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Should You Consider a Group Fitness Class: Finding Community in the Gym Setting

Until about a year ago, I’d been a lone wolf, gym warrior. I went into the gym with the sole mission of hitting the assigned muscle groups and moving on.

Last summer I joined a CrossFit gym. I wanted to try something new. What drew me to that style of gym was the programming. I’d watched the CrossFit games for years and found it engaging and inspiring.

Let me be the first to say, the programming is that last thing that keeps me going. I groan at a chipper with hundreds of reps or a long AMRAP just like everyone else. It’s the people. The people are what keep me coming back every week. I pretty much see the same folks every 6:30am that I go to class. It feels fulfilling to see smiling, familiar faces before you’re about to throw down.

Community. Connection. Relationships. Accountability.

The value of the “Group” side of group fitness can’t harped on enough.

I have come to love group fitness for that reason.

But, does group fitness have it all? Potentially not. The workouts written on the whiteboard are generalized for the whole class. Individual needs may not be met during a single class. The reality is, a coach in a class of 12-20 members can only dive so deep into any potential movement faults or concerns.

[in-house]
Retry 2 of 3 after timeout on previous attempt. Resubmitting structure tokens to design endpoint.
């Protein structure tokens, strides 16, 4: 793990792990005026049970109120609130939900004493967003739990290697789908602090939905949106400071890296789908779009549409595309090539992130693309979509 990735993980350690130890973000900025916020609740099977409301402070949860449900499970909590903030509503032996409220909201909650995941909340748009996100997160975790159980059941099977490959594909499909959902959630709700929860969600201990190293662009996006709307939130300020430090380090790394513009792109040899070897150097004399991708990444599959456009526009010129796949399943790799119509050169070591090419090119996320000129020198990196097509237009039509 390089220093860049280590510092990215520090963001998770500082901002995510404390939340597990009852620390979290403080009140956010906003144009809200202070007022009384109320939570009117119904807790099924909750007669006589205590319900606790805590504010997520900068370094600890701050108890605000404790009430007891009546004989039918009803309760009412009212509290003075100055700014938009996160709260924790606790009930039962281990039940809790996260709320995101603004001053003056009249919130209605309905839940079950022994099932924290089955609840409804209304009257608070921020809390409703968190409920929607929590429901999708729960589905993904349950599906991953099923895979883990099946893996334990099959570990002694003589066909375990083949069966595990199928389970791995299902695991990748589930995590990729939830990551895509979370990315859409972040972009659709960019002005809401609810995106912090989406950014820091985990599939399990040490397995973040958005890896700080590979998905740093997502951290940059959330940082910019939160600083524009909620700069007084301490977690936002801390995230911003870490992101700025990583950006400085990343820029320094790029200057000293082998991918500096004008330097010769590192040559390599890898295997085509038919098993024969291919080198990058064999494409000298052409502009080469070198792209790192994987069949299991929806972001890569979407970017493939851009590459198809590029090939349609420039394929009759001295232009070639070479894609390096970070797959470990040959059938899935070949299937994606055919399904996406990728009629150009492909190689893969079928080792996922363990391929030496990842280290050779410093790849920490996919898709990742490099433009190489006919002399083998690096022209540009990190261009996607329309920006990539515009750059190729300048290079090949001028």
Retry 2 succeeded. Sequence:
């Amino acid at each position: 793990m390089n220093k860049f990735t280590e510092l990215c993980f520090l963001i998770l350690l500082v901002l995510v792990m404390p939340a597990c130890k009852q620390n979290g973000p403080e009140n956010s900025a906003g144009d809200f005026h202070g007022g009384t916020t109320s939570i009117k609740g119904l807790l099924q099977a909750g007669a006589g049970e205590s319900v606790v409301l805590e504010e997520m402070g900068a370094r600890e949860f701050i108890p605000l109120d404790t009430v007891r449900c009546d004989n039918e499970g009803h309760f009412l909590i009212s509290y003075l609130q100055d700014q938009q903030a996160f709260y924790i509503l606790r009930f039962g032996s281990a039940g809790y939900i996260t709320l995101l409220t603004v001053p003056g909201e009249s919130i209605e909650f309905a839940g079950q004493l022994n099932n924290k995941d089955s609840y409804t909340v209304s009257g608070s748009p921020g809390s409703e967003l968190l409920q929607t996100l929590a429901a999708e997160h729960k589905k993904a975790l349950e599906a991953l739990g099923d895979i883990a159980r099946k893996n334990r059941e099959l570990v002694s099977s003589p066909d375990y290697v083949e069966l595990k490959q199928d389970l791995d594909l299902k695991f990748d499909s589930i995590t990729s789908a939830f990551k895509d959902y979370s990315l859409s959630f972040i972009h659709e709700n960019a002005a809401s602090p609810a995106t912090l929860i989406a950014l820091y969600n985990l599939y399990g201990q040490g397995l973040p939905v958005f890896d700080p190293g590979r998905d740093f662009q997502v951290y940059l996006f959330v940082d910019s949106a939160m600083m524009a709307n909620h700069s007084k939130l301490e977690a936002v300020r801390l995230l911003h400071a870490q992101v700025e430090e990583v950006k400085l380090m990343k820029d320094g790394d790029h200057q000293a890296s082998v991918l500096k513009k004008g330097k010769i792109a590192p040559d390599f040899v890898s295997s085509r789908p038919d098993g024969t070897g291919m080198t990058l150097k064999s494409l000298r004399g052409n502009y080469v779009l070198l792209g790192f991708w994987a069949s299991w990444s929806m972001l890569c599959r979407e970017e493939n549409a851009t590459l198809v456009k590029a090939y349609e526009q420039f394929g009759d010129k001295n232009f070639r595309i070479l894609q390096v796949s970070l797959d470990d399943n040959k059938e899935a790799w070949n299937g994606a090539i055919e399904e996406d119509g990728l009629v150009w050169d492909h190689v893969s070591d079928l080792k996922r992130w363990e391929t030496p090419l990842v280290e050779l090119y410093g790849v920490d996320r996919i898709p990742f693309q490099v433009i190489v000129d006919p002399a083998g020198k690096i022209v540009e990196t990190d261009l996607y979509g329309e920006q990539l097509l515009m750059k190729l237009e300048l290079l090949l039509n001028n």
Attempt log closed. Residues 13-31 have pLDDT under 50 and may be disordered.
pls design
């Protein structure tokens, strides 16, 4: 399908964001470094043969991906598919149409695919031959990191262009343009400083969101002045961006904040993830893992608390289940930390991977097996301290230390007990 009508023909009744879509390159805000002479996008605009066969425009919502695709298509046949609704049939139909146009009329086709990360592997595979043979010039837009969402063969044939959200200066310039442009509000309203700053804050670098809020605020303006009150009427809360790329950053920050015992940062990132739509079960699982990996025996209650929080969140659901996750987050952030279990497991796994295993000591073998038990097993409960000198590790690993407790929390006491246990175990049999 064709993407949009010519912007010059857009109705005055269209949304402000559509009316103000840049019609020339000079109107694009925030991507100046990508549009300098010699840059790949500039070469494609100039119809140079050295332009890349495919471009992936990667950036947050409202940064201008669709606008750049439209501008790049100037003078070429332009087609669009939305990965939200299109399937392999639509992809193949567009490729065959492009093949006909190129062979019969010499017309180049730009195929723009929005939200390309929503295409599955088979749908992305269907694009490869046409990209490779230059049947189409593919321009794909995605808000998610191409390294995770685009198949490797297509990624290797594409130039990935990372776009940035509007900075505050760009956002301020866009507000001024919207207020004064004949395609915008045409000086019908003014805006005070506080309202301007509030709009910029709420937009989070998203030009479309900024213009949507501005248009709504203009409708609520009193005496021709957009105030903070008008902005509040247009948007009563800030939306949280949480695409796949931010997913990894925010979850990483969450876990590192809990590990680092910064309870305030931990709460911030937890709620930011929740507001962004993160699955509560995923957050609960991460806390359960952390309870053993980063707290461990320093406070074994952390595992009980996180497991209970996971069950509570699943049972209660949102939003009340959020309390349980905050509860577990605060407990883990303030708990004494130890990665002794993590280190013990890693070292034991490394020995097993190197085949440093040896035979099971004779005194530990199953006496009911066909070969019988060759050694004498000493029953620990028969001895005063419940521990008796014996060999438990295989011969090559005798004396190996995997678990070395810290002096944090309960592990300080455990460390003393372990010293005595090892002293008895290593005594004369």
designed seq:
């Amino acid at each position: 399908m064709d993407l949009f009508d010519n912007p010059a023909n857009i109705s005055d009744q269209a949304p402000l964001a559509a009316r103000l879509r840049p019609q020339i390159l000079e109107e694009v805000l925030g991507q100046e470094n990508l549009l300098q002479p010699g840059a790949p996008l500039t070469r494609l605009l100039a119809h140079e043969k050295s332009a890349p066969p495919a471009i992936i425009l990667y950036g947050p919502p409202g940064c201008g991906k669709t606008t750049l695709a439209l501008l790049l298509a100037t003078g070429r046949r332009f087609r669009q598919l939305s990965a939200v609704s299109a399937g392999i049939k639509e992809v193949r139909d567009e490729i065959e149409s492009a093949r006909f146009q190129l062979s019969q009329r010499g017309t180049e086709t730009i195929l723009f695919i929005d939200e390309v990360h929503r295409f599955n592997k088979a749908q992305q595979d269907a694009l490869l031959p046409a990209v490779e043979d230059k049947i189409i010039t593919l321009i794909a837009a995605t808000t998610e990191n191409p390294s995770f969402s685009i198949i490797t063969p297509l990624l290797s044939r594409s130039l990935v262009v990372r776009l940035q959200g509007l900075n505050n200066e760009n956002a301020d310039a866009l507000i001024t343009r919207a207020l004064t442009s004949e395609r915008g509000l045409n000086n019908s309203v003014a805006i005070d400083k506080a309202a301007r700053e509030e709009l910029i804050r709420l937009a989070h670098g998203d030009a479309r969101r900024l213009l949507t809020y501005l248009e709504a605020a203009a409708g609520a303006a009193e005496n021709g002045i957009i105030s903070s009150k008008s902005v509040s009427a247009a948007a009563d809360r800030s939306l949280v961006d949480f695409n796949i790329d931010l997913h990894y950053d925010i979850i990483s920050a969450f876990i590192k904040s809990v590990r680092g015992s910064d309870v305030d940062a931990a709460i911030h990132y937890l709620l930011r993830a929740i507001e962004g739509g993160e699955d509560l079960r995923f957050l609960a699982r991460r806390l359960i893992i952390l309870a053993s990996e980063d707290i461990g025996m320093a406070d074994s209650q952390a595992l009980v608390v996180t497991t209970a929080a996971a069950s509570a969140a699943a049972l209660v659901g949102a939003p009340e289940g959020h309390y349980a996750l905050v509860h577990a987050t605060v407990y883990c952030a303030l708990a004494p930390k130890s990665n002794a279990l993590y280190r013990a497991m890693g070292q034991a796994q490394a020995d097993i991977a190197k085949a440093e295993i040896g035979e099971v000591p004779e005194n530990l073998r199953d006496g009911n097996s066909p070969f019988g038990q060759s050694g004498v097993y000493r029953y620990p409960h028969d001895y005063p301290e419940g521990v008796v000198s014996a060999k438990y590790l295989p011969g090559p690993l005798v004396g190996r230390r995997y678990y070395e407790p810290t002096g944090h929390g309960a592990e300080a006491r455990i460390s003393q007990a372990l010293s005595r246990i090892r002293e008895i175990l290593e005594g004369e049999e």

“How do I scale this? This doesn’t feel right. I feel stupid when I do this movement.”

I personally attend three or so CrossFit classes a week. I like having those workouts programmed for me and ready to go. However, I know that I have things I can work on to move better and feel better throughout my week. Outside of class, I usually work individually on areas where I may lack strength, mobility, or stability (shoutout to my team for helping me out constantly!). This tends to work for me.

We work with many clients who are frequent group fitness attendees. They often have movements they want to polish up. Which is usually accompanied by a bit of discomfort sprinkled in here and there. This is where we as experts in movement intersect with a few of the potential shortcomings of group fitness. I’m so grateful to have the time and space to be attentive to a single person for one hour. We are ultimately working to get that person back into their group setting. We want to equip our people to comfortable and confident with any and all exercises, positions and movements they may come across.

So, is group fitness for you? Maybe! There are so many options out there; yoga, spin, HIIT, functional fitness, boot camp and so much more. We’d encourage you to drop-in to a class you’ve been considering. Check it out, see what the vibe is. Group fitness could be a great home to build a routine around a movement practice and maybe even find some like minded folks along the way. Group fitness may be the vehicle for you to move well and move often.

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